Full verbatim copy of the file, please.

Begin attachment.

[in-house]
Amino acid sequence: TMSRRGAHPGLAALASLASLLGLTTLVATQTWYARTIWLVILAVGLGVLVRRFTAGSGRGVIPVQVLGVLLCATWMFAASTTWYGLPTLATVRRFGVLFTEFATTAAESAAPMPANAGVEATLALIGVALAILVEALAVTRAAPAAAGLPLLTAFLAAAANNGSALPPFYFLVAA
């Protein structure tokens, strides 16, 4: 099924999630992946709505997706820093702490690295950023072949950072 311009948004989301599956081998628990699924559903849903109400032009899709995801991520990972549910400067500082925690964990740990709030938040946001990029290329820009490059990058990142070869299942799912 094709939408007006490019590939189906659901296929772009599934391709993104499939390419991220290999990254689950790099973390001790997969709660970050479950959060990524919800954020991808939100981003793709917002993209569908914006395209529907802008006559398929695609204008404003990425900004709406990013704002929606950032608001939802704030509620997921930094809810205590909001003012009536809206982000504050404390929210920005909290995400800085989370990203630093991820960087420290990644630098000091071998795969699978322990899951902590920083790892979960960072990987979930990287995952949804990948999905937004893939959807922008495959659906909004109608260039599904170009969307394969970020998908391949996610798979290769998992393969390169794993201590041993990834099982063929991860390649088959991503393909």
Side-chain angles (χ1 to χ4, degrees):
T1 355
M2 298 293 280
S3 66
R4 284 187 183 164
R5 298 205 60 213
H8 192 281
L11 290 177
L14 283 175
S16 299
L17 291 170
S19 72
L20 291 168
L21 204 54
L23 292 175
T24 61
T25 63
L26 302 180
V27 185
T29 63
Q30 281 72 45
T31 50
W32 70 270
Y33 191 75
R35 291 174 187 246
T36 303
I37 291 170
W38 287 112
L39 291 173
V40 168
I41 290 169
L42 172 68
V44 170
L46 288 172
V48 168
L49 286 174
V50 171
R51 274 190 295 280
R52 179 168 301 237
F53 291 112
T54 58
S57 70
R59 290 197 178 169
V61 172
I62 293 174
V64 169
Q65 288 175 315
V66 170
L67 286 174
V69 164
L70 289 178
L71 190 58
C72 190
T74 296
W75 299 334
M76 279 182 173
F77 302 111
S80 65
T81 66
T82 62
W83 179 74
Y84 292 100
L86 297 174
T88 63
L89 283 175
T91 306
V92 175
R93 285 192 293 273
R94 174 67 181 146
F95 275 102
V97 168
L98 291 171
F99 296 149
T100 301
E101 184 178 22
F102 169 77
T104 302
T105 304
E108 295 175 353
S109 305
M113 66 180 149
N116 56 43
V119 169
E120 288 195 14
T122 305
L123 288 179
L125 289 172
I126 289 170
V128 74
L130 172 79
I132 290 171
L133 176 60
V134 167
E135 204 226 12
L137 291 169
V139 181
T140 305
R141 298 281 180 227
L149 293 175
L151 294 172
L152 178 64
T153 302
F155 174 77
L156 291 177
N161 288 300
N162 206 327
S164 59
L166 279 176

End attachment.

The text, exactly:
[in-house]
Amino acid sequence: TMSRRGAHPGLAALASLASLLGLTTLVATQTWYARTIWLVILAVGLGVLVRRFTAGSGRGVIPVQVLGVLLCATWMFAASTTWYGLPTLATVRRFGVLFTEFATTAAESAAPMPANAGVEATLALIGVALAILVEALAVTRAAPAAAGLPLLTAFLAAAANNGSALPPFYFLVAA
């Protein structure tokens, strides 16, 4: 099924999630992946709505997706820093702490690295950023072949950072 311009948004989301599956081998628990699924559903849903109400032009899709995801991520990972549910400067500082925690964990740990709030938040946001990029290329820009490059990058990142070869299942799912 094709939408007006490019590939189906659901296929772009599934391709993104499939390419991220290999990254689950790099973390001790997969709660970050479950959060990524919800954020991808939100981003793709917002993209569908914006395209529907802008006559398929695609204008404003990425900004709406990013704002929606950032608001939802704030509620997921930094809810205590909001003012009536809206982000504050404390929210920005909290995400800085989370990203630093991820960087420290990644630098000091071998795969699978322990899951902590920083790892979960960072990987979930990287995952949804990948999905937004893939959807922008495959659906909004109608260039599904170009969307394969970020998908391949996610798979290769998992393969390169794993201590041993990834099982063929991860390649088959991503393909």
Side-chain angles (χ1 to χ4, degrees):
T1 355
M2 298 293 280
S3 66
R4 284 187 183 164
R5 298 205 60 213
H8 192 281
L11 290 177
L14 283 175
S16 299
L17 291 170
S19 72
L20 291 168
L21 204 54
L23 292 175
T24 61
T25 63
L26 302 180
V27 185
T29 63
Q30 281 72 45
T31 50
W32 70 270
Y33 191 75
R35 291 174 187 246
T36 303
I37 291 170
W38 287 112
L39 291 173
V40 168
I41 290 169
L42 172 68
V44 170
L46 288 172
V48 168
L49 286 174
V50 171
R51 274 190 295 280
R52 179 168 301 237
F53 291 112
T54 58
S57 70
R59 290 197 178 169
V61 172
I62 293 174
V64 169
Q65 288 175 315
V66 170
L67 286 174
V69 164
L70 289 178
L71 190 58
C72 190
T74 296
W75 299 334
M76 279 182 173
F77 302 111
S80 65
T81 66
T82 62
W83 179 74
Y84 292 100
L86 297 174
T88 63
L89 283 175
T91 306
V92 175
R93 285 192 293 273
R94 174 67 181 146
F95 275 102
V97 168
L98 291 171
F99 296 149
T100 301
E101 184 178 22
F102 169 77
T104 302
T105 304
E108 295 175 353
S109 305
M113 66 180 149
N116 56 43
V119 169
E120 288 195 14
T122 305
L123 288 179
L125 289 172
I126 289 170
V128 74
L130 172 79
I132 290 171
L133 176 60
V134 167
E135 204 226 12
L137 291 169
V139 181
T140 305
R141 298 281 180 227
L149 293 175
L151 294 172
L152 178 64
T153 302
F155 174 77
L156 291 177
N161 288 300
N162 206 327
S164 59
L166 279 176